Thursday, December 6, 2012

Donal Mahoney- A Poem

Strangers in Peoria

I met a proper woman in a proper pub 
on a Monday in Peoria. I was taken by how much 
she looked like Jackie after Dallas 
but without the pillbox hat.

She was from New York and I was from Chicago 
and we were in Peoria for interviews
for jobs we thought we'd get. 
But living in Peoria, we thought, 
might not be a fit.

The lady was a surgeon recruited by a hospital. 
It took a little prompting but finally she said: 
"I repair pelvic floors in women."
She paused to see if I'd react
and when I didn't, she continued. 

"If a bladder drops, or a rectum tumbles 
or if a womb is full of fibroids, 
I'm the surgeon that lady needs to see.
These are ailments most men never
hear about unless they've had a wife 
who's had them." 

She sipped her Coke, 
dabbed the corner of her mouth, 
and then assured me: 
"When I get done, the lady's free 
of all protrusions. She can urinate, 
defecate and have sex again, all 
without discomfort."

Now I’ve met my share of women, 
but I had never met a woman,
drunk or sober, quite like her. 
I had no idea what to say and so 
I sat and listened. 

"Actually, my patients have a choice.
They can let me do the surgery or buy 
a pessary, a device few women know about 
until I pull one from the cabinet 
and explain its ins and outs. 
The pessary makes surgery seem simple 
and so we pick a day for me to tuck 
the organs back where they belong.

"Now, if the womb is full of fibroids,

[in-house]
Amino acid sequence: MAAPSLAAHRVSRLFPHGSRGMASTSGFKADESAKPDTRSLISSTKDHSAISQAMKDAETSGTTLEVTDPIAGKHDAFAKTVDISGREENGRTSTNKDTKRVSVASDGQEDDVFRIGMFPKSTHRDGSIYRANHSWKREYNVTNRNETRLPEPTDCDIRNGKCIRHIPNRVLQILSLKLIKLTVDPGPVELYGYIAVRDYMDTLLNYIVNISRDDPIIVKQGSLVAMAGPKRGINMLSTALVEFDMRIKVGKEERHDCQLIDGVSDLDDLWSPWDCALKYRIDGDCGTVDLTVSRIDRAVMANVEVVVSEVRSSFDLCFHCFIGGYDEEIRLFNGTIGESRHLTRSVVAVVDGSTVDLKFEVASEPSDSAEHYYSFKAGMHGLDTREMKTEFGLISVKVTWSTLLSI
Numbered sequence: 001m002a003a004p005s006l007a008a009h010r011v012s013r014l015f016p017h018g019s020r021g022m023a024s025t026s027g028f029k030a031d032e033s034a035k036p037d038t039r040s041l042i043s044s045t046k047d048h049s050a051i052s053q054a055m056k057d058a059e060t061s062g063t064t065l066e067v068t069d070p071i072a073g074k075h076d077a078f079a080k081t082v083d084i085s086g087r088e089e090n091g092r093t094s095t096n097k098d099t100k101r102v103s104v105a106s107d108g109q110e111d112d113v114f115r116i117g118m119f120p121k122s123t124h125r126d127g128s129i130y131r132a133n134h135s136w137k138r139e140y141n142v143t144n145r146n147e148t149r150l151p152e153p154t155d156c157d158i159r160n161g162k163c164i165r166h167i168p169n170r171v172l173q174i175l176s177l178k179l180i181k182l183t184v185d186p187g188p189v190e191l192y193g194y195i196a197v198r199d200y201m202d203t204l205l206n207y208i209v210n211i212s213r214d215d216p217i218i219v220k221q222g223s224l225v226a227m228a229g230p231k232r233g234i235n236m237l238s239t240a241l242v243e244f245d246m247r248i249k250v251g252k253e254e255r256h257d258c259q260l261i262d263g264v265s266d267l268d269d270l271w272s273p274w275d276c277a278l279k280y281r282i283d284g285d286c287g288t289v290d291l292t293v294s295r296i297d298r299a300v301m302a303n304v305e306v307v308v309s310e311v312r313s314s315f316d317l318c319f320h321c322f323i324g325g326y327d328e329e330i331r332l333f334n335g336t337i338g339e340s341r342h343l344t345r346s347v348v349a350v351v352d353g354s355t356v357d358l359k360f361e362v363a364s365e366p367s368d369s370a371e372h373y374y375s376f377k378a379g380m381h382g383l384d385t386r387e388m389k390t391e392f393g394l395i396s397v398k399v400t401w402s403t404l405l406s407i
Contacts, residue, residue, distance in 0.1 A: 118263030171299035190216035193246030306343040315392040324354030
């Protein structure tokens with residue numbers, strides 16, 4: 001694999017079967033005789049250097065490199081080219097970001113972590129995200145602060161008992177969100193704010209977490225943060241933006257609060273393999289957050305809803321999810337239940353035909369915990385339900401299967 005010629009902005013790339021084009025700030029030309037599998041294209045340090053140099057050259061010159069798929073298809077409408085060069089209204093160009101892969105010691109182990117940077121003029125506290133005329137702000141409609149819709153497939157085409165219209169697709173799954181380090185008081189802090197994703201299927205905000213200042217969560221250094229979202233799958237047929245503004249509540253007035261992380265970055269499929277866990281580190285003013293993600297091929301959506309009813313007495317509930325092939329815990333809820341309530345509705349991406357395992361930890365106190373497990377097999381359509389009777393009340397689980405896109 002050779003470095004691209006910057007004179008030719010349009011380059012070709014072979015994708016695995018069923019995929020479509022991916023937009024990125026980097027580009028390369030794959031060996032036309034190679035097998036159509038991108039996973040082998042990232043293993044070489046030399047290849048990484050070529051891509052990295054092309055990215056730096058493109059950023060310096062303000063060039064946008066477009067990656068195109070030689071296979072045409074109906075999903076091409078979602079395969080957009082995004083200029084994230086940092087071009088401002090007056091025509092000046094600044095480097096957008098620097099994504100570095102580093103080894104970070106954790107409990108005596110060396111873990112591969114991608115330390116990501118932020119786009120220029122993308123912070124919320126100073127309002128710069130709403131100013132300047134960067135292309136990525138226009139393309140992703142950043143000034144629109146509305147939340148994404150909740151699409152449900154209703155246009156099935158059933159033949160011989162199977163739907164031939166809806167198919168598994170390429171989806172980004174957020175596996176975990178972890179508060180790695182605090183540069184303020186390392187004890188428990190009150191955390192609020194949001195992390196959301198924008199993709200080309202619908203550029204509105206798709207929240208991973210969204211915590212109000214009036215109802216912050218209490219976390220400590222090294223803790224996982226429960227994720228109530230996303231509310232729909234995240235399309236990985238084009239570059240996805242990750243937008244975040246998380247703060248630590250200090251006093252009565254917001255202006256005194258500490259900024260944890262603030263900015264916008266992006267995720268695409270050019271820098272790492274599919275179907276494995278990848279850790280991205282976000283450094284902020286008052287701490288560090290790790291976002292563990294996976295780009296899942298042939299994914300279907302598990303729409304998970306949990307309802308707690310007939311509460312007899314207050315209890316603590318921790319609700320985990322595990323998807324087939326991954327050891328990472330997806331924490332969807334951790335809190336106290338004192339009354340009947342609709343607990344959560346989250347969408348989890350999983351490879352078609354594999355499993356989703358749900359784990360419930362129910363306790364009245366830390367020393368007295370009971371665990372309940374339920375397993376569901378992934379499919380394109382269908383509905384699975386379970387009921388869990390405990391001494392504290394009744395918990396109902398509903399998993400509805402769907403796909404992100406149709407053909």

I'll suggest that we remove the uterus as well. 
I tell her we'll take out her crib 
and leave her playpen intact. 
Often that's the best solution."

She sipped her Coke again and said, 
"Somewhere in Peoria, as we speak, 
a bladder's dropping, a rectum's quivering 
and a fibroid's growing. Believe me, 
if the salary is right, I'll take this job 
because a fibroid in Peoria's no different 
than a fibroid in New York."

Then she put me on the spot:
"Well, that's my story. What's yours?
What do you do for a living?"

I took a breath and said: 
"I repair sentences in documents 
written by intelligent people 
expert in arcane fields. 
Some of them can't spell 
or punctuate or if they can, 
they dangle participles, 
split infinitives or run 
their sentences together 
like mountain rams 
in rutting season." 

For emphasis I added, 
"I put muscle in their verbs, 
amputate their adjectives,
assassinate their adverbs. 
I give my clients final copy 
they can claim is theirs. 
The reader never knows 
a ferret like me has dashed
between the lines, 
nibbling at this 
and chomping on that."

Then I added a remark I hoped 
would prompt a get-together later 
for dinner and drinks, 
another chat and a little laughter,
who knows what else, 
before we'd have to take 
different planes back home:

"I believe our work is similar," I said. 
"I too put things back where they belong 
and cut away anything protruding."

About an hour later, we paid our tabs, 
said long good-byes and headed off 
in different directions. By day's end, 
we'd both be flying home;
and although we'd still be strangers,  
we'd be strangers who had had 
an interesting conversation. 

Not interesting enough, however, 
for either of us to ask 
the other for a name or number.

Donal Mahoney has had work published in various print and electronic publications in North America, Europe, Asia and Africa. 
Some of his earliest work can be found at

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